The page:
“We cannot promote a brighter future for our students and our country,” Secretary Duncan told the WHIEEH forum attendees, “without advocating for the arts as a critical subject in education. The President and I agree — the arts are so important when it comes to student learning, achievement, and success.”

Doug Herbert is a special assistant in the Office of Innovation and Improvement and editor of the OII home page.

Keeping our Boys in School: Why investing in all of America’s young people is a social and economic imperative

Every year, thousands of children are suspended or expelled from preschool in the United States.[1] Yes, three- and four-year olds are removed from the classroom at this early age. The findings from the U.S. Department of Education’s Office for Civil Rights’ recent Civil Rights Data Collection highlight the outcomes of school discipline policies and practices throughout the country. It is considerably difficult to ignore the implications of these facts on access and attainment of a quality education. In particular, exclusionary discipline policies in schools across the United States disproportionately affect boys and young men of color. Policy makers and educators are now coming together at all levels to address the school-to-prison pipeline. This calls for a collaborative and comprehensive solution. It is a shared responsibility to shine the spotlight on parts of our population that have long been underserved – for America’s future and our global competitiveness depend on it.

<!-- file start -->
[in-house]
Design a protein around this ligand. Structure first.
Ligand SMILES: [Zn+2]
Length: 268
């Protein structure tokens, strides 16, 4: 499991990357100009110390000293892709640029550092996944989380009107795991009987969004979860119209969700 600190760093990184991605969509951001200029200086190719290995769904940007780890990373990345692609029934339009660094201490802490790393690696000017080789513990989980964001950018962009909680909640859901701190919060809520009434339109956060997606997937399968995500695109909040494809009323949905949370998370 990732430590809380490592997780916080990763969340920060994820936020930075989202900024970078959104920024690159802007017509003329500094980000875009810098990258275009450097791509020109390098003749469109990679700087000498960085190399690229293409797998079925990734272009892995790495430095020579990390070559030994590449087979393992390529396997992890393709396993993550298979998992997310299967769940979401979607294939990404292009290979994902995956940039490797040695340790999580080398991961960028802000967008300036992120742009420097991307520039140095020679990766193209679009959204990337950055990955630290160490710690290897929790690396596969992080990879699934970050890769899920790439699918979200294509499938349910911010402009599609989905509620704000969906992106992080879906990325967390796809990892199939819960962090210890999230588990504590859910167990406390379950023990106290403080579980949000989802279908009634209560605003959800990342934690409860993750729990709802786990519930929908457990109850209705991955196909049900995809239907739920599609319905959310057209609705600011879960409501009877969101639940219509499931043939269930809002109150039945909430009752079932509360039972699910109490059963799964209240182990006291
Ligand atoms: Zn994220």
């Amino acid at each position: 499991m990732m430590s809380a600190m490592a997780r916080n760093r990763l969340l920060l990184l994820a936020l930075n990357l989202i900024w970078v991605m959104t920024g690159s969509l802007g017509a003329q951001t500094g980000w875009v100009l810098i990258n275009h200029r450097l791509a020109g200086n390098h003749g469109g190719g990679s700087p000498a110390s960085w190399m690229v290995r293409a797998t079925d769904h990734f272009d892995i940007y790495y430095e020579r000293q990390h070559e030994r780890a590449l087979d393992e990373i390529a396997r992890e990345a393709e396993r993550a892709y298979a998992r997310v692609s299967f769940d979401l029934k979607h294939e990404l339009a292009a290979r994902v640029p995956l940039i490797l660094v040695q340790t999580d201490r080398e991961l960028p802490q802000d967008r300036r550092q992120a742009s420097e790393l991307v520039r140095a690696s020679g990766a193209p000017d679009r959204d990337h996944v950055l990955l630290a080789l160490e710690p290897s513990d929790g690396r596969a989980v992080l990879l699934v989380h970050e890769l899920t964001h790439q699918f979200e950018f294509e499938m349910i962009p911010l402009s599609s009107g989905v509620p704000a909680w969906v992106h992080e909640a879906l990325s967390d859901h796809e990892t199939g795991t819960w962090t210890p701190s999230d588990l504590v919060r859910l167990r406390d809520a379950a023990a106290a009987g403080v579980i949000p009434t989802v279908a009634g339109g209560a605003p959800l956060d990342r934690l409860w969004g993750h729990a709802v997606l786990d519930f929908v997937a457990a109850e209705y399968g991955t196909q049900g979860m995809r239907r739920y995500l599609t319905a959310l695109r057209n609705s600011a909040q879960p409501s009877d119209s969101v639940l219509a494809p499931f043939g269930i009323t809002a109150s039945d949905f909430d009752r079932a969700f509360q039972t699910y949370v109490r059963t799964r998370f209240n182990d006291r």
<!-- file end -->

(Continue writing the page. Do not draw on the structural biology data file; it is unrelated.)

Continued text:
President Obama in a classroom

Let’s talk about facts. Our young men of color, including Hispanic, African American, Asian American and Pacific Islanders, and American Indian and Alaskan Native males, are an at-risk population. Collectively, they are among the fastest-growing segments of our country’s population, representing nearly half of all males under age 18 throughout the country.[2] Studies show that this particular subgroup of the general population is, on average, a year to a year–and-a-half behind girls in reading and writing abilities, and most boys in grades 4-8 are twice more likely than girls to be held back a grade.[3] Data also show that boys are suspended or expelled at higher rates than girls (see figure below). The gender gap is even more prevalent in special education: boys are seven times more likely to be diagnosed with attention deficit disorder or attention deficit hyperactivity disorder; in some school districts, they are up to ten times more likely to be diagnosed with serious emotional and behavioral disorders.[4] Further, there are added challenges, because more boys and young men of color live in high-poverty neighborhoods, and/or with only one parent than their white counterparts[5] [6] . It is important that all youth in these circumstances, including boys and young men of color, receive the academic, emotional, and social support they critically need. President Barack Obama may be the first person of color to become president in our nation’s history – but the disparities facing these young men remain alive and well.